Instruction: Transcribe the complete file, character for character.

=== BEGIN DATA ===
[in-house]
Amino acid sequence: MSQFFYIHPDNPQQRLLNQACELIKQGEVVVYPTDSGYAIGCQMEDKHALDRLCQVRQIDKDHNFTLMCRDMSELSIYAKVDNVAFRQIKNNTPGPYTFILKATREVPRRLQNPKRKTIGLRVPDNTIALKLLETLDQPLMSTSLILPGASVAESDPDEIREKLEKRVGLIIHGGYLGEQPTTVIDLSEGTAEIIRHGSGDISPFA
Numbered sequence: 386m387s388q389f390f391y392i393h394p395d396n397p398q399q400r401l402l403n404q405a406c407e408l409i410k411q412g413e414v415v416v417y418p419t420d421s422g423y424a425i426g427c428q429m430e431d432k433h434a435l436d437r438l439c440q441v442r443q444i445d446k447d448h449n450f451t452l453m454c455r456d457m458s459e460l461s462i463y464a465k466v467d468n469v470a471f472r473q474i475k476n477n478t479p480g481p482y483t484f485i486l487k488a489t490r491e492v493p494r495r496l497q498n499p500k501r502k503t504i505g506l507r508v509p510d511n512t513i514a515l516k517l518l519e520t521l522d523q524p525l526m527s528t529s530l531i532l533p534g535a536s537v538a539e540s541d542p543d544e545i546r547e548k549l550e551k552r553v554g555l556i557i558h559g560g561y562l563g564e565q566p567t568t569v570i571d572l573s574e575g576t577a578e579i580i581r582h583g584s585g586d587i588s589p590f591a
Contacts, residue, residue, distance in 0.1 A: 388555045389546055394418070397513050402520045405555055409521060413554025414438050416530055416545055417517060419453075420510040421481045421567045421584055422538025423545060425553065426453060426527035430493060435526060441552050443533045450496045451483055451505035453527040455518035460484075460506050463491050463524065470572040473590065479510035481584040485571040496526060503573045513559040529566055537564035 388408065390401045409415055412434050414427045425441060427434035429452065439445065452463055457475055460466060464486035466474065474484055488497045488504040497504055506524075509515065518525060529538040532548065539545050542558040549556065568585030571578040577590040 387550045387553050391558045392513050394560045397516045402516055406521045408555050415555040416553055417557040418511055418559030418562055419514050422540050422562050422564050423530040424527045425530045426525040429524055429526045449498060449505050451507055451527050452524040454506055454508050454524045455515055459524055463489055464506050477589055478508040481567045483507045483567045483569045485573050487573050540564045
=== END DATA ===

[in-house]
Amino acid sequence: MSQFFYIHPDNPQQRLLNQACELIKQGEVVVYPTDSGYAIGCQMEDKHALDRLCQVRQIDKDHNFTLMCRDMSELSIYAKVDNVAFRQIKNNTPGPYTFILKATREVPRRLQNPKRKTIGLRVPDNTIALKLLETLDQPLMSTSLILPGASVAESDPDEIREKLEKRVGLIIHGGYLGEQPTTVIDLSEGTAEIIRHGSGDISPFA
Numbered sequence: 386m387s388q389f390f391y392i393h394p395d396n397p398q399q400r401l402l403n404q405a406c407e408l409i410k411q412g413e414v415v416v417y418p419t420d421s422g423y424a425i426g427c428q429m430e431d432k433h434a435l436d437r438l439c440q441v442r443q444i445d446k447d448h449n450f451t452l453m454c455r456d457m458s459e460l461s462i463y464a465k466v467d468n469v470a471f472r473q474i475k476n477n478t479p480g481p482y483t484f485i486l487k488a489t490r491e492v493p494r495r496l497q498n499p500k501r502k503t504i505g506l507r508v509p510d511n512t513i514a515l516k517l518l519e520t521l522d523q524p525l526m527s528t529s530l531i532l533p534g535a536s537v538a539e540s541d542p543d544e545i546r547e548k549l550e551k552r553v554g555l556i557i558h559g560g561y562l563g564e565q566p567t568t569v570i571d572l573s574e575g576t577a578e579i580i581r582h583g584s585g586d587i588s589p590f591a
Contacts, residue, residue, distance in 0.1 A: 388555045389546055394418070397513050402520045405555055409521060413554025414438050416530055416545055417517060419453075420510040421481045421567045421584055422538025423545060425553065426453060426527035430493060435526060441552050443533045450496045451483055451505035453527040455518035460484075460506050463491050463524065470572040473590065479510035481584040485571040496526060503573045513559040529566055537564035 388408065390401045409415055412434050414427045425441060427434035429452065439445065452463055457475055460466060464486035466474065474484055488497045488504040497504055506524075509515065518525060529538040532548065539545050542558040549556065568585030571578040577590040 387550045387553050391558045392513050394560045397516045402516055406521045408555050415555040416553055417557040418511055418559030418562055419514050422540050422562050422564050423530040424527045425530045426525040429524055429526045449498060449505050451507055451527050452524040454506055454508050454524045455515055459524055463489055464506050477589055478508040481567045483507045483567045483569045485573050487573050540564045